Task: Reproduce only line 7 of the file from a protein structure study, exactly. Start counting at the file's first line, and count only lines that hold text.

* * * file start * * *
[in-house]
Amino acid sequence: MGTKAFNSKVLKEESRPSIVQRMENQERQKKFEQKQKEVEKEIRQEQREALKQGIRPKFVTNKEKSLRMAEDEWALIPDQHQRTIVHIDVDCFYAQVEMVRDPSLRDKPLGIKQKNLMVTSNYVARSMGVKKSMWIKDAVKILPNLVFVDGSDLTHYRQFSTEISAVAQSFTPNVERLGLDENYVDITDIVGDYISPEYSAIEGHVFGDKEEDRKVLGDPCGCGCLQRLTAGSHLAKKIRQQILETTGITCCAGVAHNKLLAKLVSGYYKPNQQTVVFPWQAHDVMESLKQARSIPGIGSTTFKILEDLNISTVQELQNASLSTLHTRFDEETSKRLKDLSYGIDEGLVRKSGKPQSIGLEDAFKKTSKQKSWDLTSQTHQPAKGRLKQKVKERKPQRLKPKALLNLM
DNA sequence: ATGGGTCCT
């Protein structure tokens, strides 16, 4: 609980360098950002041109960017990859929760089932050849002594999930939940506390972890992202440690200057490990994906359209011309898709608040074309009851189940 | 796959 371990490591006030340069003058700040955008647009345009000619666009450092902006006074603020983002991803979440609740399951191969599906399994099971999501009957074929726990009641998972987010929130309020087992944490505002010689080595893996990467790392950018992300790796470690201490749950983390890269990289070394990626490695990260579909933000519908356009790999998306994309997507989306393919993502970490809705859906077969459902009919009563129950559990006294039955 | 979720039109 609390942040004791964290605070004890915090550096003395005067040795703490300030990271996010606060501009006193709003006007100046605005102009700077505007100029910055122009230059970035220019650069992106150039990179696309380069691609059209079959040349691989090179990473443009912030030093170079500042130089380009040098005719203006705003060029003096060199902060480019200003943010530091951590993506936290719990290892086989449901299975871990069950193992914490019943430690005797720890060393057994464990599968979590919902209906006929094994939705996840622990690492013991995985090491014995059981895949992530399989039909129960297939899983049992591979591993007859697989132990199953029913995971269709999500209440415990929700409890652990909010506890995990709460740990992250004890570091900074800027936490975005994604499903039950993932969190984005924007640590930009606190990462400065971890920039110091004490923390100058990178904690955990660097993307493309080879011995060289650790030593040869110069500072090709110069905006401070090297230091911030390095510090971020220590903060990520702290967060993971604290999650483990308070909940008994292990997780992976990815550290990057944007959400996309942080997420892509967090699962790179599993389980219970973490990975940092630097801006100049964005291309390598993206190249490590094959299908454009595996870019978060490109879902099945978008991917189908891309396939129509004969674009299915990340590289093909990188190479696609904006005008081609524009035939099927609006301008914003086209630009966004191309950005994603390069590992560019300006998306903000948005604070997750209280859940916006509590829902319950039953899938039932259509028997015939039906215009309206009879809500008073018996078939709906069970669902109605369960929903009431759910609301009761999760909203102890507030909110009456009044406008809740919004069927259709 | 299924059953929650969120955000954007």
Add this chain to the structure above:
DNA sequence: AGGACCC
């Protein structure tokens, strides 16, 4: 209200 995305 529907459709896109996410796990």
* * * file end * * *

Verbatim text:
């Protein structure tokens, strides 16, 4: 209200 995305 529907459709896109996410796990």